Christmas is a holiday that brings joy, love, and warmth to people all over the world. It is a time for cozying by the fireside, sipping hot cocoa, and spending time with family. Creating a sensory-friendly Christmas is important so that everyone is able to participate in the activities together.
Sensory Friendly Family Holiday Ideas
- Sensory Friendly Santa
Taking pictures with Santa and sitting on Santa’s lap is a classic holiday tradition. Most children look forward to telling Santa what’s on their Christmas list. The long lines, wait times, the noise, and crowds are difficult for most children. However, for children on the spectrum the long wait times and sensory input can be overwhelming. Many areas offer an option for a “Sensory Friendly” Santa. It allows children to interact with Santa in a more subdued and calm environment. You have to register ahead of time. Click on Autism Speaks for more information on a Sensory Friendly Santa event in your neighborhood. Show your child a picture of the area ahead of time and consider using a visual schedule, so they know what to expect.
- Sensory Friendly Holiday Films
Going to the movies is a holiday tradition many families enjoy. In the world of streaming, tablets, phones, and devices; everyone seems to be busy doing their own thing. However, during the Christmas holidays, it’s a time for everyone to come together. Many families still enjoy going out together to watch movies at a movie theater. AMC Movie Theaters has partnered with the Autism Society to offer Sensory Friendly movies. During this time, they turn the lights up and the sound down so that people on the spectrum can enjoy the movies. They have over 100 locations with 4 showings per month. Click on AMC Sensory Friendly Films to find out about movie listings in your area.
- Baking Holiday Treats
Baking yummy cookies, cakes, and other goodies is a fun holiday activity that many look forward to each year. Use a visual recipe to help your child participate in the activity and it allows them to be more independent. A visual recipe breaks down complex tasks into manageable steps by having a visual picture to represent each step. Consider also using a visual schedule so that your child knows what to expect. Assign each child a task they are responsible for; help with setting the timer, stirring the dough, or adding the sprinkles. For ideas, click on this Visual Recipe for Chocolate Chip Cookies from the Accessible Chef.
- Holiday Lights
A popular holiday tradition is looking at Christmas lights together as a family. Some families like to take a holiday lights walking tour. For children with autism, this could be overwhelming. Consider driving through the Christmas lights instead. Your child can bring a snack, their favorite toy, and enjoy the Christmas lights from the comfort of their own car. You can play Christmas themed songs to get the family in the mood and many venues offer coordinated lights you can tune in on your radio. Talk with your child ahead of time and show them a picture of where you are going; so they know what to expect.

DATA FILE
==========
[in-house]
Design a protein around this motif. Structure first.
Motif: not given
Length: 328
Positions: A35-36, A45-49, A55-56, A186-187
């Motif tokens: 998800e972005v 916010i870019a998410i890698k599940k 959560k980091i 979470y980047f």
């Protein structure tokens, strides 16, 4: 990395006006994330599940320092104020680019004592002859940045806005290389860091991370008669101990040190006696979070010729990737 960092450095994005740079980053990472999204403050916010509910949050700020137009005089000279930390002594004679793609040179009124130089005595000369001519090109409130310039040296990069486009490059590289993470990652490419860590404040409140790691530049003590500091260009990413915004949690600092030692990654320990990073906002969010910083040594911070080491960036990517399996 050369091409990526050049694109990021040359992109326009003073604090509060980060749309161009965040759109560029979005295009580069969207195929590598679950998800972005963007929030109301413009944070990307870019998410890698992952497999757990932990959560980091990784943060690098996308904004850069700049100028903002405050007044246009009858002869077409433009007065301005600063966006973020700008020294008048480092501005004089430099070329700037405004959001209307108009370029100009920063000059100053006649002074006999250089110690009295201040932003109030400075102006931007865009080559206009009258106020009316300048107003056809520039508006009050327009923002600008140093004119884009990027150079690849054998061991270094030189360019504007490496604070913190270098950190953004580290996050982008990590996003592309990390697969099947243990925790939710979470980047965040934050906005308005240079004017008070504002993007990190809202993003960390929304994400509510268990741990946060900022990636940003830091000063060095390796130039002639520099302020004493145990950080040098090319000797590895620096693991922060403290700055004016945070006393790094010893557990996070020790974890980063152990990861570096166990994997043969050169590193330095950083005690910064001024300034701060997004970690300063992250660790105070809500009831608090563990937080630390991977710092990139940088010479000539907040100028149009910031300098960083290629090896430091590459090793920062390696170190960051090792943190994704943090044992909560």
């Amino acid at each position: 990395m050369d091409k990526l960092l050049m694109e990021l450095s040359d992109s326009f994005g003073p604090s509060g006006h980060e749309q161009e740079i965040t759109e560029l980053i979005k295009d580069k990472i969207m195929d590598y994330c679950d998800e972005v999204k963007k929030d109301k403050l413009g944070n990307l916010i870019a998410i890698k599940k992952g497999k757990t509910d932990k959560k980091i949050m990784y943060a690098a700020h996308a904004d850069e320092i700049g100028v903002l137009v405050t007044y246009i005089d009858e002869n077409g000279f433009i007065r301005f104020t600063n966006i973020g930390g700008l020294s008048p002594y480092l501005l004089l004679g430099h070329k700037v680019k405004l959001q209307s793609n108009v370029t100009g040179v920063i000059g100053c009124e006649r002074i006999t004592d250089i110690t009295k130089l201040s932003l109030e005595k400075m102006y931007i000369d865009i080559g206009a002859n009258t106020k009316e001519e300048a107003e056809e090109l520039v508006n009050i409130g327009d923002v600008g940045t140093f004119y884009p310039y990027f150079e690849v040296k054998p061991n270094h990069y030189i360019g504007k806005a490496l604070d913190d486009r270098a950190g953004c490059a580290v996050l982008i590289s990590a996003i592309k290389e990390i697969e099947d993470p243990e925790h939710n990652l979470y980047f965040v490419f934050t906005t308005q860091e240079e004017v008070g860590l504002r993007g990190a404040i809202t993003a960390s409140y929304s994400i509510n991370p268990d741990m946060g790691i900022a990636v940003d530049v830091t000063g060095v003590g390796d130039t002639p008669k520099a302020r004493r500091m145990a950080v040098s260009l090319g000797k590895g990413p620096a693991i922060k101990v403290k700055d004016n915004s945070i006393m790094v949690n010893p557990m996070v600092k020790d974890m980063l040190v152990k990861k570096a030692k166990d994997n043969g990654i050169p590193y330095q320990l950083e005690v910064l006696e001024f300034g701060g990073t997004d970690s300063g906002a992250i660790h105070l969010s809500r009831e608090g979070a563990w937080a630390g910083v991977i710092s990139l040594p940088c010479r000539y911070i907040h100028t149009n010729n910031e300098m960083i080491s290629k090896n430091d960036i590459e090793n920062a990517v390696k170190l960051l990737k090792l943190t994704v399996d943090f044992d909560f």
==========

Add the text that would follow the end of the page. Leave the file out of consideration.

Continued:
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- Christmas Dinner
Having dinner together as a family is what the holiday season is all about. Especially visiting relatives to enjoy a family meal. What comes to mind for many is visions of roasted turkey, mashed potatoes, macaroni cheese, and more. However, many children on the spectrum are notoriously “picky eaters” and may have a sensory aversion to certain foods. Remember that the holidays is about coming together, not about everyone eating the same thing. If your child has certain foods that they prefer, fix them for Christmas dinner just like any other time. If you go over to visit relatives, take their favorite foods with you. Try to keep their routine as typical as possible and use a visual schedule ahead of time so that your child knows what to expect. Be sure to have bring items that help keep your child regulated and calm.
- Sensory Friendly Space
When visiting friends and family, it can become overwhelming for your child with autism. The people, the talking, music, tv, the lights, and many other sensory input in the environment can be overstimulating. The same can be true if you have relatives visiting your home for Christmas. It’s important that your child has a place in the home where they can go to feel safe. Your child needs to know they have a safe and quiet space to exit the experience when they feel overwhelmed and need a break. If hosting an event at your home, this space may be your child’s bedroom. Explain to your guests when your child may need a sensory break and allow your child to be excused. If you are visiting relatives, talk with them ahead of time about a space your child could use when they need quiet time away from all of the stimulus. Also be sure to bring noise reduction headphones and sensory toys to help with the sensory overload.
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Remember that creating a sensory-friendly Christmas is about accommodating your child’s needs and preferences. So be flexible, understanding, and enjoy the warmth of the holiday season.
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